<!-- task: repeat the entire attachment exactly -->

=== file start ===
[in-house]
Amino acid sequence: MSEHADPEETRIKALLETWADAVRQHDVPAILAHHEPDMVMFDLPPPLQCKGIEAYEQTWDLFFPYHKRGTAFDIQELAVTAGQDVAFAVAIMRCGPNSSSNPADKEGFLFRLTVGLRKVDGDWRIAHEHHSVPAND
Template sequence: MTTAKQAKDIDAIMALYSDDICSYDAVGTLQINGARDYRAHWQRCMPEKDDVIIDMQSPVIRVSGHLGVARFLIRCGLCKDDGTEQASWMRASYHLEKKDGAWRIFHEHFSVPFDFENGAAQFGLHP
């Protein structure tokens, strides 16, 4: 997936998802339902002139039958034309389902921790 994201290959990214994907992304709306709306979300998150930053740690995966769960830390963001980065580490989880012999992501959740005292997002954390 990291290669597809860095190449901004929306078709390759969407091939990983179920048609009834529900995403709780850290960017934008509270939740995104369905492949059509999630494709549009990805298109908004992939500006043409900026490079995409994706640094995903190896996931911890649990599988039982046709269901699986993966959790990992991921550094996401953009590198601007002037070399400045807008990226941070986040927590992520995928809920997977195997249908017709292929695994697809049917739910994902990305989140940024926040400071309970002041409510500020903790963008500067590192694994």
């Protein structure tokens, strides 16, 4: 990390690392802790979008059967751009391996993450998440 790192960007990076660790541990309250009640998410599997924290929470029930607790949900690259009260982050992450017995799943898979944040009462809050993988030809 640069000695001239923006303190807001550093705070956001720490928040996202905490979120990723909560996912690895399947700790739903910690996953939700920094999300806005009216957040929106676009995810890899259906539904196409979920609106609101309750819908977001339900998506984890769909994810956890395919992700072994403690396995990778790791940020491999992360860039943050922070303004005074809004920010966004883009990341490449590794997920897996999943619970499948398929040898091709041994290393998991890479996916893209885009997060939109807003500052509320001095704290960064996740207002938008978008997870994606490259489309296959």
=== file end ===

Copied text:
[in-house]
Amino acid sequence: MSEHADPEETRIKALLETWADAVRQHDVPAILAHHEPDMVMFDLPPPLQCKGIEAYEQTWDLFFPYHKRGTAFDIQELAVTAGQDVAFAVAIMRCGPNSSSNPADKEGFLFRLTVGLRKVDGDWRIAHEHHSVPAND
Template sequence: MTTAKQAKDIDAIMALYSDDICSYDAVGTLQINGARDYRAHWQRCMPEKDDVIIDMQSPVIRVSGHLGVARFLIRCGLCKDDGTEQASWMRASYHLEKKDGAWRIFHEHFSVPFDFENGAAQFGLHP
């Protein structure tokens, strides 16, 4: 997936998802339902002139039958034309389902921790 994201290959990214994907992304709306709306979300998150930053740690995966769960830390963001980065580490989880012999992501959740005292997002954390 990291290669597809860095190449901004929306078709390759969407091939990983179920048609009834529900995403709780850290960017934008509270939740995104369905492949059509999630494709549009990805298109908004992939500006043409900026490079995409994706640094995903190896996931911890649990599988039982046709269901699986993966959790990992991921550094996401953009590198601007002037070399400045807008990226941070986040927590992520995928809920997977195997249908017709292929695994697809049917739910994902990305989140940024926040400071309970002041409510500020903790963008500067590192694994």
């Protein structure tokens, strides 16, 4: 990390690392802790979008059967751009391996993450998440 790192960007990076660790541990309250009640998410599997924290929470029930607790949900690259009260982050992450017995799943898979944040009462809050993988030809 640069000695001239923006303190807001550093705070956001720490928040996202905490979120990723909560996912690895399947700790739903910690996953939700920094999300806005009216957040929106676009995810890899259906539904196409979920609106609101309750819908977001339900998506984890769909994810956890395919992700072994403690396995990778790791940020491999992360860039943050922070303004005074809004920010966004883009990341490449590794997920897996999943619970499948398929040898091709041994290393998991890479996916893209885009997060939109807003500052509320001095704290960064996740207002938008978008997870994606490259489309296959």